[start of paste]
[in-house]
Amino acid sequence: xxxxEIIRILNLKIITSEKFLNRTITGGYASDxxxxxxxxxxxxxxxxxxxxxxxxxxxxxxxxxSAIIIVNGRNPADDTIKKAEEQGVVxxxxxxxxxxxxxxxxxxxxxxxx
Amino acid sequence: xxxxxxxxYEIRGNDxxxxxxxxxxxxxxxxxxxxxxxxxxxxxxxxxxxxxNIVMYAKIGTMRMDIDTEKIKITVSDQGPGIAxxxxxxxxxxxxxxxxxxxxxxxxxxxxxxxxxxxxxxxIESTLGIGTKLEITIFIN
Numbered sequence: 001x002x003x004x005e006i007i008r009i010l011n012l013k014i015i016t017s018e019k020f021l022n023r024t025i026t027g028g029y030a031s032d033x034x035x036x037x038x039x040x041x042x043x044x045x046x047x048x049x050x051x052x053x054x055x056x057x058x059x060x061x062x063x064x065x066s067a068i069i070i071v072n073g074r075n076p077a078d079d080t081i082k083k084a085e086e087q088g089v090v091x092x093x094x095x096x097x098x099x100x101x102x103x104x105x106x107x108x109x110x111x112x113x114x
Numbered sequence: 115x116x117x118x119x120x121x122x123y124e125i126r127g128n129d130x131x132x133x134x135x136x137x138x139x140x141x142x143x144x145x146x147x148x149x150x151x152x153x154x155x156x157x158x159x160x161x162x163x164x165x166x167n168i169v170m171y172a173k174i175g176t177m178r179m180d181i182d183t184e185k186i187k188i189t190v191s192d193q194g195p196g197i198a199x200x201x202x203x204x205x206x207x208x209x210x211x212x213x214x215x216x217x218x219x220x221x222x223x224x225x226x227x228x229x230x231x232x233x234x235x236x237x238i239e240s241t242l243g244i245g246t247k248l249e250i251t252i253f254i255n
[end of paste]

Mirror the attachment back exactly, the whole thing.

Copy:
[in-house]
Amino acid sequence: xxxxEIIRILNLKIITSEKFLNRTITGGYASDxxxxxxxxxxxxxxxxxxxxxxxxxxxxxxxxxSAIIIVNGRNPADDTIKKAEEQGVVxxxxxxxxxxxxxxxxxxxxxxxx
Amino acid sequence: xxxxxxxxYEIRGNDxxxxxxxxxxxxxxxxxxxxxxxxxxxxxxxxxxxxxNIVMYAKIGTMRMDIDTEKIKITVSDQGPGIAxxxxxxxxxxxxxxxxxxxxxxxxxxxxxxxxxxxxxxxIESTLGIGTKLEITIFIN
Numbered sequence: 001x002x003x004x005e006i007i008r009i010l011n012l013k014i015i016t017s018e019k020f021l022n023r024t025i026t027g028g029y030a031s032d033x034x035x036x037x038x039x040x041x042x043x044x045x046x047x048x049x050x051x052x053x054x055x056x057x058x059x060x061x062x063x064x065x066s067a068i069i070i071v072n073g074r075n076p077a078d079d080t081i082k083k084a085e086e087q088g089v090v091x092x093x094x095x096x097x098x099x100x101x102x103x104x105x106x107x108x109x110x111x112x113x114x
Numbered sequence: 115x116x117x118x119x120x121x122x123y124e125i126r127g128n129d130x131x132x133x134x135x136x137x138x139x140x141x142x143x144x145x146x147x148x149x150x151x152x153x154x155x156x157x158x159x160x161x162x163x164x165x166x167n168i169v170m171y172a173k174i175g176t177m178r179m180d181i182d183t184e185k186i187k188i189t190v191s192d193q194g195p196g197i198a199x200x201x202x203x204x205x206x207x208x209x210x211x212x213x214x215x216x217x218x219x220x221x222x223x224x225x226x227x228x229x230x231x232x233x234x235x236x237x238i239e240s241t242l243g244i245g246t247k248l249e250i251t252i253f254i255n